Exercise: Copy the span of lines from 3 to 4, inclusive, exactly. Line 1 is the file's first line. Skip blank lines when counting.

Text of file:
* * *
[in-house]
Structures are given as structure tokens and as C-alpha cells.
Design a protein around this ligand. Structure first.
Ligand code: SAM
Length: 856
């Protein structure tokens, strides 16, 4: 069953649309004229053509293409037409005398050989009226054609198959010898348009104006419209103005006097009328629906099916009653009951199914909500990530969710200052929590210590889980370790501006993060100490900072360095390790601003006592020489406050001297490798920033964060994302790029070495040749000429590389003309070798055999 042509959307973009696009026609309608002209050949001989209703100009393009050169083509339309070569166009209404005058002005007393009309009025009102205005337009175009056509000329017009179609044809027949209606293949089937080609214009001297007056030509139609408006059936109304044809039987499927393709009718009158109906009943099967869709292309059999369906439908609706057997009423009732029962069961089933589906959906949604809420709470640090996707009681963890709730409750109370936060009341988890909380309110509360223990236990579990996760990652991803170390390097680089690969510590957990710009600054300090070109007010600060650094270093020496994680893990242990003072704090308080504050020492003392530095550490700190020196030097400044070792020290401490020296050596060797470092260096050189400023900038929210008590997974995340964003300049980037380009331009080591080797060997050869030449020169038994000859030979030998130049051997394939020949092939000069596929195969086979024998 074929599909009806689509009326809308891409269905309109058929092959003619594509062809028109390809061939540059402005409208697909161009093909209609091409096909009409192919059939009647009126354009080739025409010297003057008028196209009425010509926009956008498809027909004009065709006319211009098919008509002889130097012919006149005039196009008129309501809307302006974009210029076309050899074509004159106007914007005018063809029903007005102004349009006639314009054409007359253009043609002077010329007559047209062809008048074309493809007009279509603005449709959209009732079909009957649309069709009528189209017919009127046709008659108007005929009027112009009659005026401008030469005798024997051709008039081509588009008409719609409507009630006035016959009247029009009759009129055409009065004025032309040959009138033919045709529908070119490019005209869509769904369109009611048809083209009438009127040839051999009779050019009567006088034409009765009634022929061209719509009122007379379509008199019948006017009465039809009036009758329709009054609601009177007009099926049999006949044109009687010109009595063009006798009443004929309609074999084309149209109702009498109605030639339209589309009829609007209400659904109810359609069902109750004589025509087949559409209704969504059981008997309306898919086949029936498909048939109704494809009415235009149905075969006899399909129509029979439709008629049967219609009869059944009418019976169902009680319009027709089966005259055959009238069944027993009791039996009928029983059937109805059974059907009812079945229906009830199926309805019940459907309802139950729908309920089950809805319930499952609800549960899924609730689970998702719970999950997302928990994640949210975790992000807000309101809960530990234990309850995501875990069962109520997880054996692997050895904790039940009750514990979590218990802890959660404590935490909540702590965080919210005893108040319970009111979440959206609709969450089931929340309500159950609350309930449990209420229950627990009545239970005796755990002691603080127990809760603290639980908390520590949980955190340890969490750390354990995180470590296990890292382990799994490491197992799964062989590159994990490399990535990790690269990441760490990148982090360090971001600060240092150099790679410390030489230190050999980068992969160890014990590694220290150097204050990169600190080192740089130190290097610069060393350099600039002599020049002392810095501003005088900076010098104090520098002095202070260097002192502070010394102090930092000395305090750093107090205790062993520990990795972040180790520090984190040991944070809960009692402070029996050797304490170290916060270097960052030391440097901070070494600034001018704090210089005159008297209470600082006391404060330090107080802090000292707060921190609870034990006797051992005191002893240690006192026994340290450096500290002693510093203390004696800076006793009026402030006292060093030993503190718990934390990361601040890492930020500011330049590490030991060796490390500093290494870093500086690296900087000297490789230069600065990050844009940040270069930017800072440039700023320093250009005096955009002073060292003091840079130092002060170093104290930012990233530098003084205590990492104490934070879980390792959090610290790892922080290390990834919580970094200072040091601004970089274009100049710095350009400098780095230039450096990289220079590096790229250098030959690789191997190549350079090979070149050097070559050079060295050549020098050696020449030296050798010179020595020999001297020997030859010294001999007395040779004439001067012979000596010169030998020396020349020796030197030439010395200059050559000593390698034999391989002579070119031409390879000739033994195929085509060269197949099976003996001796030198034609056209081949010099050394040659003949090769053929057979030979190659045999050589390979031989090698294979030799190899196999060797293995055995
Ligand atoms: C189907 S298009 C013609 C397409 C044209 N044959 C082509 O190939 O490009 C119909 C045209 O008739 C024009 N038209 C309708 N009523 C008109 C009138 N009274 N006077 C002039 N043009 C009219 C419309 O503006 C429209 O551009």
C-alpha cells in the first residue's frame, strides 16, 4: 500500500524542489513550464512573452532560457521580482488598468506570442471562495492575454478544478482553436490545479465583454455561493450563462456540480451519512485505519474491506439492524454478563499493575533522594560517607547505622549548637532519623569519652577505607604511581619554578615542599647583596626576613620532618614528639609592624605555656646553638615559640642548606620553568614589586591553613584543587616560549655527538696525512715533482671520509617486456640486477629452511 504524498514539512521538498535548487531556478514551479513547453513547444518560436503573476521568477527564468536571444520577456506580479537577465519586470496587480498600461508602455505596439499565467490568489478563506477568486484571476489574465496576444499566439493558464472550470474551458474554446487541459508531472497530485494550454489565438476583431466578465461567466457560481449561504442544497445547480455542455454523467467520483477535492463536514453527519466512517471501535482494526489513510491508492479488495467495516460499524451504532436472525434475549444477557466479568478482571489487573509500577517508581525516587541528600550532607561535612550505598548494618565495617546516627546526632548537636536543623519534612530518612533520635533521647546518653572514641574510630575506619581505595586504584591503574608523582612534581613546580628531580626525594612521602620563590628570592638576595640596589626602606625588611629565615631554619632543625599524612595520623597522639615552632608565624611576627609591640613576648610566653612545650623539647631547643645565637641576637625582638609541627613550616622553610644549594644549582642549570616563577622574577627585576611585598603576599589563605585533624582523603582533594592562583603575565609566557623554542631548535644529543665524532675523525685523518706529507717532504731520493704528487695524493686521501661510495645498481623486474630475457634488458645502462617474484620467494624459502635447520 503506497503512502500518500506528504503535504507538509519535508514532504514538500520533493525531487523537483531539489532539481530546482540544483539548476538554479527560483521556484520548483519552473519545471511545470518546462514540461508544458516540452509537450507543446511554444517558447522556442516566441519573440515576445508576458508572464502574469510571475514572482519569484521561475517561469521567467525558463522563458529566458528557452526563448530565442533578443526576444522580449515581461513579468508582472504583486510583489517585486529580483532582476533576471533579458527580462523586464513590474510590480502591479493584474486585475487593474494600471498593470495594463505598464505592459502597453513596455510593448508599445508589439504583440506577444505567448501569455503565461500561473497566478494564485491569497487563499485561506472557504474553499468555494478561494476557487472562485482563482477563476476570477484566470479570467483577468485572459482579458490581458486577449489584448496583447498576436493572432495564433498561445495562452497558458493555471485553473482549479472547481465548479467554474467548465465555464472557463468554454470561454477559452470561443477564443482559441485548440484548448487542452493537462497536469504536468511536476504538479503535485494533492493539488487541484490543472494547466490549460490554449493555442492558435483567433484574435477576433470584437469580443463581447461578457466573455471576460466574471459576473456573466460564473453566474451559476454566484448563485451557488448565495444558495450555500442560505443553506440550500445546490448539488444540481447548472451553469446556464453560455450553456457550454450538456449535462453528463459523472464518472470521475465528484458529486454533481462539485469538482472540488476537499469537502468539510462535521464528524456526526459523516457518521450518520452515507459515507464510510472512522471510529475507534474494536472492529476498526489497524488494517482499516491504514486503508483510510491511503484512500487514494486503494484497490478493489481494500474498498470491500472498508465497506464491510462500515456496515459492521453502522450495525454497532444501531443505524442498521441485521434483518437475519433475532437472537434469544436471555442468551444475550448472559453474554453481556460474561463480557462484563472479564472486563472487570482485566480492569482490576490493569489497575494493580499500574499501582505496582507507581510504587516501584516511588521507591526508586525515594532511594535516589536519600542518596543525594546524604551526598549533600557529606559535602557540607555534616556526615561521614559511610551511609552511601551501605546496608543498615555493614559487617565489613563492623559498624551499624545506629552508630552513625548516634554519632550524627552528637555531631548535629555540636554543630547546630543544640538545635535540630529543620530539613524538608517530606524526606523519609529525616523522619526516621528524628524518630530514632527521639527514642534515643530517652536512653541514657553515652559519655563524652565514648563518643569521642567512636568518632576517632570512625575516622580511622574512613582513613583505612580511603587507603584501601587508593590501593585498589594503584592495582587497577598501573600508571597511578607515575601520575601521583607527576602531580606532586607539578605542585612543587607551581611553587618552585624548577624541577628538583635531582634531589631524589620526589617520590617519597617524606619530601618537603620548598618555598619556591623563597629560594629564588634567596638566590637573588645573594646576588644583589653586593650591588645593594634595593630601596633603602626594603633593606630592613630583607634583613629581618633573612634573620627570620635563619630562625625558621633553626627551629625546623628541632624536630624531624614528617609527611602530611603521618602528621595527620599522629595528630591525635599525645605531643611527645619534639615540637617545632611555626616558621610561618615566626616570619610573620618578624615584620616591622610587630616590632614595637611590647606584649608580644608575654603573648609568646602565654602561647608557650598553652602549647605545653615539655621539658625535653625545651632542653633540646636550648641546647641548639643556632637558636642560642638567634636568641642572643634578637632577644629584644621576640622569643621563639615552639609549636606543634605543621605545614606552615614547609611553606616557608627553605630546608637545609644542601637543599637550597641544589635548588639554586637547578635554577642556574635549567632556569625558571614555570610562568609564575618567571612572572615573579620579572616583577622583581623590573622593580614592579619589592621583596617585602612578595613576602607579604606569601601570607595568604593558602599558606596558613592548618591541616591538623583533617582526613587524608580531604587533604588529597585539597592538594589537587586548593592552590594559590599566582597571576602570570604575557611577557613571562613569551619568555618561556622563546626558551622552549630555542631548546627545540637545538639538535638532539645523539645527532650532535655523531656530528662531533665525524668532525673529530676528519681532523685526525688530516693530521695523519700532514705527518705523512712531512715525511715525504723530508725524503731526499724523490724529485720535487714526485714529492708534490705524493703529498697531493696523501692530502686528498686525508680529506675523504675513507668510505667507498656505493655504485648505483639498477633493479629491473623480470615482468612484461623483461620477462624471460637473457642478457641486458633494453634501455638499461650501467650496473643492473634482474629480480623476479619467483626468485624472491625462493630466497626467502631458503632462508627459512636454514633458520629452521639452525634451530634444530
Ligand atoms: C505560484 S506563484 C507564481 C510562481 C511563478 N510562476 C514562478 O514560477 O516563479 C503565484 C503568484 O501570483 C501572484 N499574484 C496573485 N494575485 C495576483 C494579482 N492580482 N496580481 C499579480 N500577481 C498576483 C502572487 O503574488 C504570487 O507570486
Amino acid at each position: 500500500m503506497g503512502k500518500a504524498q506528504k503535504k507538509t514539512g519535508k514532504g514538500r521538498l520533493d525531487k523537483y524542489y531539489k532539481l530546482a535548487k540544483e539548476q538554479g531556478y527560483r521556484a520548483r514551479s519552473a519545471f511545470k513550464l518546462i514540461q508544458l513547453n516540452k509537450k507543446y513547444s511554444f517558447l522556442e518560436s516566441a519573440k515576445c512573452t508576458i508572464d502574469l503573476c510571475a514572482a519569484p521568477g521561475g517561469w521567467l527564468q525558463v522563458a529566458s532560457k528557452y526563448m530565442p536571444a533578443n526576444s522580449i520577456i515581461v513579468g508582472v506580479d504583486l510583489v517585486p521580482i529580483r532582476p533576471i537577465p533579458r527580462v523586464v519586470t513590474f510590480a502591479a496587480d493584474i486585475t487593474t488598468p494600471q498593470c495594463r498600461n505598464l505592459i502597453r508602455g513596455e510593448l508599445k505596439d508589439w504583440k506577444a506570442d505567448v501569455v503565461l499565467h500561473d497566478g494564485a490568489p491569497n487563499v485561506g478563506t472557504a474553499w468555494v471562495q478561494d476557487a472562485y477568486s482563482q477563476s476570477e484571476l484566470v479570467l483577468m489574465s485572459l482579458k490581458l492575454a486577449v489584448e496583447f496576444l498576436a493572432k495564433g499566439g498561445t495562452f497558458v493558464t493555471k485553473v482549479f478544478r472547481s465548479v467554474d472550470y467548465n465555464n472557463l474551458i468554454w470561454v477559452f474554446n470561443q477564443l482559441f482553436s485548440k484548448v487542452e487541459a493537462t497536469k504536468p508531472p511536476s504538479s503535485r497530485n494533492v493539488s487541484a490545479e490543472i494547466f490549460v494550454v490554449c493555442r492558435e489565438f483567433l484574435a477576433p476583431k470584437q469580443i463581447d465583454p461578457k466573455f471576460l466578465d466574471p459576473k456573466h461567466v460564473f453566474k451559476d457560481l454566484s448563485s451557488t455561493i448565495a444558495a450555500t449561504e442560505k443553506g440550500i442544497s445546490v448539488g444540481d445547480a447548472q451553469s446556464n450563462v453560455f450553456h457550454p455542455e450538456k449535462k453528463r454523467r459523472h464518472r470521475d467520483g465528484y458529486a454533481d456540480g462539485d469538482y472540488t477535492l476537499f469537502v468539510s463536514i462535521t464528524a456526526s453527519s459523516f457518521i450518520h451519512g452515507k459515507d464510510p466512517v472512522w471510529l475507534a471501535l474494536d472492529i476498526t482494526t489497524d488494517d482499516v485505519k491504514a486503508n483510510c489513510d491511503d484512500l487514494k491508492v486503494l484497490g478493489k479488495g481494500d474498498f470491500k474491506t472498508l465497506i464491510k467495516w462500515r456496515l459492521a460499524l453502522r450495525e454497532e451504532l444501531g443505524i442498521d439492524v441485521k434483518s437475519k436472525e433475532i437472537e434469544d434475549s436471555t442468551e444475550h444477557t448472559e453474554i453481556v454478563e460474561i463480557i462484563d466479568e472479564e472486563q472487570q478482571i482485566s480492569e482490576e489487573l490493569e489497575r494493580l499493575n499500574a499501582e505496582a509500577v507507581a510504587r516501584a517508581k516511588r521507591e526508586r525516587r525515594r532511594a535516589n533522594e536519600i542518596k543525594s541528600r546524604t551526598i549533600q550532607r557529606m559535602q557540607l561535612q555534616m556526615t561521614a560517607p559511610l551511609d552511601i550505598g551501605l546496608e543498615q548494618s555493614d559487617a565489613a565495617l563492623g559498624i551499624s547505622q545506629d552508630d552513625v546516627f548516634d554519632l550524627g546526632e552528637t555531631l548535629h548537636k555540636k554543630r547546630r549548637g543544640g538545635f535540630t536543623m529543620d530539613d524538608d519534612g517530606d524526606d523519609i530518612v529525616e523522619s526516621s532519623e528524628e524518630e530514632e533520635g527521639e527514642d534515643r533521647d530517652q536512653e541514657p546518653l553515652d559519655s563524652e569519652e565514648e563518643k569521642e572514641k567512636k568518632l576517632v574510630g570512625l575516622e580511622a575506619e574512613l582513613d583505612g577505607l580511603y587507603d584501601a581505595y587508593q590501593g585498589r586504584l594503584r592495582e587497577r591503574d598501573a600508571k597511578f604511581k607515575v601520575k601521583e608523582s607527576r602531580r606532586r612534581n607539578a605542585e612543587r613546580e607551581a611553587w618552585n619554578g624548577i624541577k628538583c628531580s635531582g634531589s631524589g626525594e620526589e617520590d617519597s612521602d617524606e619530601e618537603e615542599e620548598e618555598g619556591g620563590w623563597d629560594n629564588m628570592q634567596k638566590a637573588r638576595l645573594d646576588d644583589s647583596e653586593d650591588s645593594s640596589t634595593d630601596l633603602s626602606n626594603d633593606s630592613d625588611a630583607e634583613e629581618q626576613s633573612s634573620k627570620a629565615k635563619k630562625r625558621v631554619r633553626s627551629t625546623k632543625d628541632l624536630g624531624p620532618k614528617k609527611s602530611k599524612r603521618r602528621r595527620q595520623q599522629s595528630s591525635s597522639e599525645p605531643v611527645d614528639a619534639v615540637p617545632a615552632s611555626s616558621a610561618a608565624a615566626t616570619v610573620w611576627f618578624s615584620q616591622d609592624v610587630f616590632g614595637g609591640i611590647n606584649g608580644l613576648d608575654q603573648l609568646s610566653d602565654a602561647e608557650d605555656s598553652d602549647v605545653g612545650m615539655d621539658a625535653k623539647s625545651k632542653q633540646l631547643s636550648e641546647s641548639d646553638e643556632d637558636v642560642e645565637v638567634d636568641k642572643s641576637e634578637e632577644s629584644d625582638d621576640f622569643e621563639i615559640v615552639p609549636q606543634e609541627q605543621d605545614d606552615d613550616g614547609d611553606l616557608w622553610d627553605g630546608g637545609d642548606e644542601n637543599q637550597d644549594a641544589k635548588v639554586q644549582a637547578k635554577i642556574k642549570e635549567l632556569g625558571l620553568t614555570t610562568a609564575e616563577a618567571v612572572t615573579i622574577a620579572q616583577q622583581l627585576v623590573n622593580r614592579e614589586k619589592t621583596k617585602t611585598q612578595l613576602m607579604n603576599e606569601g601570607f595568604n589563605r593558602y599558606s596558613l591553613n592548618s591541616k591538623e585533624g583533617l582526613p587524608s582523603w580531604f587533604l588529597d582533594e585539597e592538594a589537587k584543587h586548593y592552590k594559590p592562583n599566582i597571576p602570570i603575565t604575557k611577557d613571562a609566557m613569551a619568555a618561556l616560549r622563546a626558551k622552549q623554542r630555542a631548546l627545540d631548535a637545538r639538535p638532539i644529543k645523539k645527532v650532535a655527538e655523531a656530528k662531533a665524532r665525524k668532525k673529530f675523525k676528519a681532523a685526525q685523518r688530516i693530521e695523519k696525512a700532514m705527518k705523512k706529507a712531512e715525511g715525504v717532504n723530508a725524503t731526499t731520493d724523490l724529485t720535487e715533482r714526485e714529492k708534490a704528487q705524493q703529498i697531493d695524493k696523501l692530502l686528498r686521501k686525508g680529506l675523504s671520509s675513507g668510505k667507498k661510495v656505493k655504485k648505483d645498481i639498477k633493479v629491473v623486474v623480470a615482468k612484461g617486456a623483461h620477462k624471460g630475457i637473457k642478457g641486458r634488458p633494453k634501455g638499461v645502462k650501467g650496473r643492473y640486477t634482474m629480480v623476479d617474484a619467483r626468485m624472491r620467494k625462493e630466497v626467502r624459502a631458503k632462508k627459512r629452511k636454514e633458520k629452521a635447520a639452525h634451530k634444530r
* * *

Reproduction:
Design a protein around this ligand. Structure first.
Ligand code: SAM